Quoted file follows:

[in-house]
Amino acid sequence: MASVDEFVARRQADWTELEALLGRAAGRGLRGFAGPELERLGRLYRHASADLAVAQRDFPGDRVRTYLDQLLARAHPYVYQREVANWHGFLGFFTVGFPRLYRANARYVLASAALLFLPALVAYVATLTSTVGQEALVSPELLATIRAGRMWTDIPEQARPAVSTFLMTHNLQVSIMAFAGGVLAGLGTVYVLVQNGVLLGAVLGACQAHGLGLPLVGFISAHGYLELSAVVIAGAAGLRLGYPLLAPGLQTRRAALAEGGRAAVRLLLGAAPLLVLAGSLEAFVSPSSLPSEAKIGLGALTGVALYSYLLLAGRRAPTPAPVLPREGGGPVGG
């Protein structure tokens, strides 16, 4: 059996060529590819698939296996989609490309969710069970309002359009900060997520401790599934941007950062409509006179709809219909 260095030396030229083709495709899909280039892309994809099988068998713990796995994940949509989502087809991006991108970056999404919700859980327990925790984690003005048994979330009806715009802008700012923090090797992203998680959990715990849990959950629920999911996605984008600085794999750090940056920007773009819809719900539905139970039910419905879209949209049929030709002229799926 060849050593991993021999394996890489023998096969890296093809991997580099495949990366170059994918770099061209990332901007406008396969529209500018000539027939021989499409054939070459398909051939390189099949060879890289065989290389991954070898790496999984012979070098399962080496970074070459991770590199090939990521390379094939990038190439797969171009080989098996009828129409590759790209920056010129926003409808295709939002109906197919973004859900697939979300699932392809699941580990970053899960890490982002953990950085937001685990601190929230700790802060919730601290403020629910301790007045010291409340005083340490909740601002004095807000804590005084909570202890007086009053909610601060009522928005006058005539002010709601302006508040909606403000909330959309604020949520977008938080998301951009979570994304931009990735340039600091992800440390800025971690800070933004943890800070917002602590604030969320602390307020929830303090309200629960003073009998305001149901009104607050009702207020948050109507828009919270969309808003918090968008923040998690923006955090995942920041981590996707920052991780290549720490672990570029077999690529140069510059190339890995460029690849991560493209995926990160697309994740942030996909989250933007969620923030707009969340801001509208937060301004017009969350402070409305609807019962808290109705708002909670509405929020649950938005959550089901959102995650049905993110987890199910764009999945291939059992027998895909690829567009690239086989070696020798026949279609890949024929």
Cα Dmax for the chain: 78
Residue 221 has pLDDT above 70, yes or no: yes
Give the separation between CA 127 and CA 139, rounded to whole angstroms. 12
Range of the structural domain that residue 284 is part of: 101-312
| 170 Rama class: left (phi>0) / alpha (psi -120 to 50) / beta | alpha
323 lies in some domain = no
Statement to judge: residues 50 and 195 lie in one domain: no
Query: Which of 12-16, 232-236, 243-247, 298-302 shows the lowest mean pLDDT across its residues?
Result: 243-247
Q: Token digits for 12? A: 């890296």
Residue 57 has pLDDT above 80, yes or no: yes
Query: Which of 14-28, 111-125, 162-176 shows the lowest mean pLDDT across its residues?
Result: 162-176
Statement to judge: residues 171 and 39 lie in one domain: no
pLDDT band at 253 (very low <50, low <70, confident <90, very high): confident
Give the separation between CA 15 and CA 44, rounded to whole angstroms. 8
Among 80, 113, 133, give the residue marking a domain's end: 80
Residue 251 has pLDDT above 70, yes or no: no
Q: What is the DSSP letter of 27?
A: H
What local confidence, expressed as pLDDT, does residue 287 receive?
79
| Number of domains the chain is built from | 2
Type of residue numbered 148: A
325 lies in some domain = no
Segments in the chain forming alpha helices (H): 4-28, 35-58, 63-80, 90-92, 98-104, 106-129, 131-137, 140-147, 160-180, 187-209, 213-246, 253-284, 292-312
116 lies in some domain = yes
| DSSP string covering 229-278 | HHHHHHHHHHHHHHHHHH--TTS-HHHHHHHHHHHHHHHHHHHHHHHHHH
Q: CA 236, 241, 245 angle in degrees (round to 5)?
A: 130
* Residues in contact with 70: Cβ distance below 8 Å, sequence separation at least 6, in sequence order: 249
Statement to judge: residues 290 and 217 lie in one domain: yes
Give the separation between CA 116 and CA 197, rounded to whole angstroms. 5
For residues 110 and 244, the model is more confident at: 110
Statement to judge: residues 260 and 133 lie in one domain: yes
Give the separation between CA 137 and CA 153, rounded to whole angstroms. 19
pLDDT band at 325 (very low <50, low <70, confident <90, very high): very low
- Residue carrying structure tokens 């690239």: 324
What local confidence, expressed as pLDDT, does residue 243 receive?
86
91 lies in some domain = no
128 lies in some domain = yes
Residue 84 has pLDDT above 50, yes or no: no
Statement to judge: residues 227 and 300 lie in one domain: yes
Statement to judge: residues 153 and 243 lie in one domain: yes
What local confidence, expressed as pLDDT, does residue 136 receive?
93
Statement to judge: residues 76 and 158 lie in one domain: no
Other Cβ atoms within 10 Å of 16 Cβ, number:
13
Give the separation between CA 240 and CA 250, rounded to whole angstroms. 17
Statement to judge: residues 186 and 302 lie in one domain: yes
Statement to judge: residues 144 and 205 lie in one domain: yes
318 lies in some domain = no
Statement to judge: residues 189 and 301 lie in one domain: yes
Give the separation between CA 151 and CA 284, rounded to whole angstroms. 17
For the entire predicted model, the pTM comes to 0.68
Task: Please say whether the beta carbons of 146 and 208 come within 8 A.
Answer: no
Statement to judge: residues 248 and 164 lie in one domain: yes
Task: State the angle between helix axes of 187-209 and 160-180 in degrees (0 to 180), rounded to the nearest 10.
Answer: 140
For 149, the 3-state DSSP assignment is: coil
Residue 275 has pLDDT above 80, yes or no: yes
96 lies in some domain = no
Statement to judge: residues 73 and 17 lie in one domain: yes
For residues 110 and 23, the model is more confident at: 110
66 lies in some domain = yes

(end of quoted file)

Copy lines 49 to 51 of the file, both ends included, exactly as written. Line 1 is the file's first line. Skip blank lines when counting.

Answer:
What local confidence, expressed as pLDDT, does residue 136 receive?
93
Statement to judge: residues 76 and 158 lie in one domain: no